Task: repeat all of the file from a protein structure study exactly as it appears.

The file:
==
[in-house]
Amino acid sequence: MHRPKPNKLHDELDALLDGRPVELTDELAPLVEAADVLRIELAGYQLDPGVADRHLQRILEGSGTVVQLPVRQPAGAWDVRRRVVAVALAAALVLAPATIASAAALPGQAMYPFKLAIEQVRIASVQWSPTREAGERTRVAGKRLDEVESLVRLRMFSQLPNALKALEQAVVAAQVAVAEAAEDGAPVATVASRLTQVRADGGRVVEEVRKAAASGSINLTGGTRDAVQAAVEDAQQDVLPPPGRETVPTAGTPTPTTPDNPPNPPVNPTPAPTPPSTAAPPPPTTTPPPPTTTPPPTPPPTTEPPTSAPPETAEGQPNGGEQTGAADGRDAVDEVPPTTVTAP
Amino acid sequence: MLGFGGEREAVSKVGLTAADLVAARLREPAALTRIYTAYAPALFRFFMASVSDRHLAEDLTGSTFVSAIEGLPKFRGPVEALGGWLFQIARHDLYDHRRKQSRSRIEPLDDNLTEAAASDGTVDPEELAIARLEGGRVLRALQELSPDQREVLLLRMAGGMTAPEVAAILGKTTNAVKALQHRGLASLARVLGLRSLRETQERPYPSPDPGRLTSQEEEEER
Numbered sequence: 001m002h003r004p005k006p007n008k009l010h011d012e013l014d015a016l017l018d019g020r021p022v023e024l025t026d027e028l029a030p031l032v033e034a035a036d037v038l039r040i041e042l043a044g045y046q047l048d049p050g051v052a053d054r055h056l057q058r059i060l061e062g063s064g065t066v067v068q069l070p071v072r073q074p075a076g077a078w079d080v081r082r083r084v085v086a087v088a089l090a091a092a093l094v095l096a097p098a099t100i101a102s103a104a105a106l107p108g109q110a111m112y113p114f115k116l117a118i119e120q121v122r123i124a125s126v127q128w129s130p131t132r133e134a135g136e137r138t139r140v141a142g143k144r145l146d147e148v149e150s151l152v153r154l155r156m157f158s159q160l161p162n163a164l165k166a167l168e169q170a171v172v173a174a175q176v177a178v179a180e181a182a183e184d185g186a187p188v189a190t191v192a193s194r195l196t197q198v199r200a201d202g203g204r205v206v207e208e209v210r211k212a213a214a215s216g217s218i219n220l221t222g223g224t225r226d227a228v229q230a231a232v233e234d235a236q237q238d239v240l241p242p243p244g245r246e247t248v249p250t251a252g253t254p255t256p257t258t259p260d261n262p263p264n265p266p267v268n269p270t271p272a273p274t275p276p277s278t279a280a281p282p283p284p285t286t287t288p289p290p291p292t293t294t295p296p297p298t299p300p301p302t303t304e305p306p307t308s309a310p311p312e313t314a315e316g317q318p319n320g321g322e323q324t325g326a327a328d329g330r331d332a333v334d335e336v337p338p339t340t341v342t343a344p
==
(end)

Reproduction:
[in-house]
Amino acid sequence: MHRPKPNKLHDELDALLDGRPVELTDELAPLVEAADVLRIELAGYQLDPGVADRHLQRILEGSGTVVQLPVRQPAGAWDVRRRVVAVALAAALVLAPATIASAAALPGQAMYPFKLAIEQVRIASVQWSPTREAGERTRVAGKRLDEVESLVRLRMFSQLPNALKALEQAVVAAQVAVAEAAEDGAPVATVASRLTQVRADGGRVVEEVRKAAASGSINLTGGTRDAVQAAVEDAQQDVLPPPGRETVPTAGTPTPTTPDNPPNPPVNPTPAPTPPSTAAPPPPTTTPPPPTTTPPPTPPPTTEPPTSAPPETAEGQPNGGEQTGAADGRDAVDEVPPTTVTAP
Amino acid sequence: MLGFGGEREAVSKVGLTAADLVAARLREPAALTRIYTAYAPALFRFFMASVSDRHLAEDLTGSTFVSAIEGLPKFRGPVEALGGWLFQIARHDLYDHRRKQSRSRIEPLDDNLTEAAASDGTVDPEELAIARLEGGRVLRALQELSPDQREVLLLRMAGGMTAPEVAAILGKTTNAVKALQHRGLASLARVLGLRSLRETQERPYPSPDPGRLTSQEEEEER
Numbered sequence: 001m002h003r004p005k006p007n008k009l010h011d012e013l014d015a016l017l018d019g020r021p022v023e024l025t026d027e028l029a030p031l032v033e034a035a036d037v038l039r040i041e042l043a044g045y046q047l048d049p050g051v052a053d054r055h056l057q058r059i060l061e062g063s064g065t066v067v068q069l070p071v072r073q074p075a076g077a078w079d080v081r082r083r084v085v086a087v088a089l090a091a092a093l094v095l096a097p098a099t100i101a102s103a104a105a106l107p108g109q110a111m112y113p114f115k116l117a118i119e120q121v122r123i124a125s126v127q128w129s130p131t132r133e134a135g136e137r138t139r140v141a142g143k144r145l146d147e148v149e150s151l152v153r154l155r156m157f158s159q160l161p162n163a164l165k166a167l168e169q170a171v172v173a174a175q176v177a178v179a180e181a182a183e184d185g186a187p188v189a190t191v192a193s194r195l196t197q198v199r200a201d202g203g204r205v206v207e208e209v210r211k212a213a214a215s216g217s218i219n220l221t222g223g224t225r226d227a228v229q230a231a232v233e234d235a236q237q238d239v240l241p242p243p244g245r246e247t248v249p250t251a252g253t254p255t256p257t258t259p260d261n262p263p264n265p266p267v268n269p270t271p272a273p274t275p276p277s278t279a280a281p282p283p284p285t286t287t288p289p290p291p292t293t294t295p296p297p298t299p300p301p302t303t304e305p306p307t308s309a310p311p312e313t314a315e316g317q318p319n320g321g322e323q324t325g326a327a328d329g330r331d332a333v334d335e336v337p338p339t340t341v342t343a344p